I have been convinced for some time the lithium batteries were the future for marine and RV type applications and that lead acid's days were numbered. Lithium batteries have many major advantages over lead acid, including 4 times the energy density, much flatter voltage curve and less picky charging requirements. What has stopped me from installing lithium batteries in my Fleet flatbed was the huge 'early adopter' premium of ~$10/Ah as opposed to $2-3/Ah for high quality AGM or $1-2/Ah for flooded lead acid. Recently browsing on ebay I found a guy selling new old stock LiFePO4 cells for ~ $1.50/Ah (at 12.8V) and decided to take the plunge. The only draw back being that these batteries are 3.2V, 5.5Ah cells, so it would take some work to make an appropriate 12.8V, 150Ah battery pack. I figured I would describe the process and results in case anyone else was interested in a winter arts and crafts project that results in a large LiFePO4 battery pack at about 1/5th the cost of a commercial lithium pack and 1/4 the weight and 60% the cost of an equivalent lead acid battery bank.
1. Batteries. There are a lot of surplus Full River/Tenergy LiFePO4 cells available on ebay and amazon at the moment for very reasonable prices. These are new old stock (manufacturing dates from 2013 and 2014) from a reputable battery manufacturer in China. I bought 120 of the following 3.2V, 5.5Ah batteries:
From seller 'dougdeals' for $180. If you want to make a different capacity battery pack there are plenty other options for different quantities and sizes of batteries. These are amazingly cheap - this is the equivalent of a 150Ah at 12V, for $180! A similar sized battery would be about $1500 from manufacturers such as Battleborn.
2. Pack Assembly. This is where the arts and crafts comes in. In order to get the right voltage (12.8V nominal) you need to put 4 cells in series. So I divided my 120 cells into four groups of 30 cells, and went about making 4 larger 3.2V batteries each comprised of 30 cells in parallel. There are two ways of assembling individual cells into packs - spot welding and soldering. I don't have a spot welder, so I went with soldering with a high wattage (140W) soldering gun and plenty of flux. Before soldering up the 30 battery packs I needed a way to physically assemble them. For this I used my newly acquired 3D printer to print out 5x6 battery plastic frames to hold the cells in a nice grid, but you could also glue the cells together or build a wooden box to hold them. I then soldered all the cells together using 12AWG copper wire:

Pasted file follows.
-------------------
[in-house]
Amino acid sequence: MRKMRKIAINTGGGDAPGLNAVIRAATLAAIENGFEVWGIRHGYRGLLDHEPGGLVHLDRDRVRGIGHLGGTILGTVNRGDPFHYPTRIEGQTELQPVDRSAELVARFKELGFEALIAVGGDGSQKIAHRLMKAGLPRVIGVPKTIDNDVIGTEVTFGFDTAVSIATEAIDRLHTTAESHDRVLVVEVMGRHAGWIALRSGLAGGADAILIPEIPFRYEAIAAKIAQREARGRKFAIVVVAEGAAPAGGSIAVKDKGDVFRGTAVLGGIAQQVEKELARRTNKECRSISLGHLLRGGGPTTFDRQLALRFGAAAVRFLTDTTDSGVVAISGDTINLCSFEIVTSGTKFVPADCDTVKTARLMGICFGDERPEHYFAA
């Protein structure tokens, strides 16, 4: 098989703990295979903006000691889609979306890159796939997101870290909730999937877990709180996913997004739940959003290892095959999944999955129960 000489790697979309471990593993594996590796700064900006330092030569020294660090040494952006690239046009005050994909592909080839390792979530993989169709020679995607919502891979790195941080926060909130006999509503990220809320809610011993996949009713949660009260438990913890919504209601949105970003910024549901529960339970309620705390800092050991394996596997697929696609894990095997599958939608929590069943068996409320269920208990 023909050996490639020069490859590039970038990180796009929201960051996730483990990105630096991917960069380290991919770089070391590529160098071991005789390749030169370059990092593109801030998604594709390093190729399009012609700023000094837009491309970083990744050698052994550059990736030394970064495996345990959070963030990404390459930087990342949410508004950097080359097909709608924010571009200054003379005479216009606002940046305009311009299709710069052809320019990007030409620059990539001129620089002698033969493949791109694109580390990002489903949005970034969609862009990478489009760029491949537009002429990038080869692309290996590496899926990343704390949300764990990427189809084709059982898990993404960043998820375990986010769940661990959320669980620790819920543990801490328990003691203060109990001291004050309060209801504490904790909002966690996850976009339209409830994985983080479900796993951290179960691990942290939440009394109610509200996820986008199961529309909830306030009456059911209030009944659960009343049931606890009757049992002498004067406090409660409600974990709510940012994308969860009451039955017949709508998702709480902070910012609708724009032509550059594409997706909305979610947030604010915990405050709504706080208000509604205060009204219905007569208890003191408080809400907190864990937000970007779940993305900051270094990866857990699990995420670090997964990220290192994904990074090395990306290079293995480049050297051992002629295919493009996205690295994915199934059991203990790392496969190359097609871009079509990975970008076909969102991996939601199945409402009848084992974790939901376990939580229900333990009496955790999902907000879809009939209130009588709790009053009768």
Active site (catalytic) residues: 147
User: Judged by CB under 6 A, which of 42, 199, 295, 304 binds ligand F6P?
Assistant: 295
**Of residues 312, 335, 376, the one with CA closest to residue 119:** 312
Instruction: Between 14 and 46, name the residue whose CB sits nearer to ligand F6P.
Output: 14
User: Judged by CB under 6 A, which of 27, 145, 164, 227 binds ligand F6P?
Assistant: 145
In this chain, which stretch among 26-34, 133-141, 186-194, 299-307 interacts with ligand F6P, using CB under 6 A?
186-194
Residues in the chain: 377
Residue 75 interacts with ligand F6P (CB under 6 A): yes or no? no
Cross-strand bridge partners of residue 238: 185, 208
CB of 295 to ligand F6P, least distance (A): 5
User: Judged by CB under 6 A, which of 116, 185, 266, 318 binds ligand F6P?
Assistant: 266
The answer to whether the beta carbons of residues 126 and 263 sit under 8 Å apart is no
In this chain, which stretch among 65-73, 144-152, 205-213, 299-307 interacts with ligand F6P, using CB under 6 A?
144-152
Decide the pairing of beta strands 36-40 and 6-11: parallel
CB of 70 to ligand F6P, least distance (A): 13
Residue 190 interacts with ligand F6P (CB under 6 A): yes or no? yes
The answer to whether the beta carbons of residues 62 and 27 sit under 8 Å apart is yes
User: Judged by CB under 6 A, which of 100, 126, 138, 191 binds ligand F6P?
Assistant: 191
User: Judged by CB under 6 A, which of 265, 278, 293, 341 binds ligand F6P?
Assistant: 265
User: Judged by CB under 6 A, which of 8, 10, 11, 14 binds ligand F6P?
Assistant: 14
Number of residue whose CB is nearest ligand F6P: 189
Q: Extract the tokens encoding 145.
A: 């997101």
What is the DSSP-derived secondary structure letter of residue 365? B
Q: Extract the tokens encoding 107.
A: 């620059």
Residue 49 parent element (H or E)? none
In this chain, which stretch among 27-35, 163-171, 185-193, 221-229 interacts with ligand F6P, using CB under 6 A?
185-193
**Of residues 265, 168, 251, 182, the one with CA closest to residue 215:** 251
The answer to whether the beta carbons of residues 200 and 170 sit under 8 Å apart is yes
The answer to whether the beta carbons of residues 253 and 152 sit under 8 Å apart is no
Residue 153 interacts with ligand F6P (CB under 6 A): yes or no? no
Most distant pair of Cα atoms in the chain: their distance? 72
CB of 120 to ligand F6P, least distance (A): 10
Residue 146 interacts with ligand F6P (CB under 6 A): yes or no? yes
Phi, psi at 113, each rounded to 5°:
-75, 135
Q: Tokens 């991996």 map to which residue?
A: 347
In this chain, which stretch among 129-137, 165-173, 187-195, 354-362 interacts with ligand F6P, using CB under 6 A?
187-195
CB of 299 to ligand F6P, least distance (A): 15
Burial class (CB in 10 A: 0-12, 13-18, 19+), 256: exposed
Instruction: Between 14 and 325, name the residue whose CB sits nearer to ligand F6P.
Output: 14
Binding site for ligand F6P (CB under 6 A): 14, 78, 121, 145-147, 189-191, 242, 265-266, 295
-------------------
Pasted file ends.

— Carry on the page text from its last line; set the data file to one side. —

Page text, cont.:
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The first one took me several hours, but once I had my technique down, it was probably only 90 minutes or so per pack. It is very much craft work and is not hard to do
Once the packs were all soldered up, I attached about 20cm of 12AWG wire to the positive and negative of each pack, covered the exposed contacts with some 1/8" ABS I had lying around and then shrink wrapped each pack into some massive heat shrink tube (also from ebay). All in all this was a weeks worth of evenings to do, and I ended up with four 3.2v 150Ah battery packs each about 7" wide, 8" long and 2.5" tall.
3. Putting it all together. To make the final product you need to wire the 4 packs in series to make the 12.8V battery. This is where a couple of caveats about lithium batteries come in. First, it is very bad to discharge lithium batteries below about 2 - 2.5V per cell. While not a fire hazard or anything like that, it has the potential to ruin the cells. Secondly, lithium batteries don't 'self balance' between cells like lead acid batteries do. That is to say that over many cycles the voltages of the individual cells can drift apart, so that some can end up over charged (not a big deal) and some undercharged (big deal). Both these issues can easily be solved with a Battery Management System (BMS) which monitors the individual cells and shuts things down if they get out of wack and also applies corrective action to balance the individual cells. Luckily BMS are now very cheap and effective. I happen to have this one from a prior project and used it in this project:
But there are now much cheaper options on ebay and amazon.
I wired all the individual cells to a blue sea terminal block and then used jumpers to put the cells in series:
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Edited by rando, 15 October 2017 - 02:34 AM.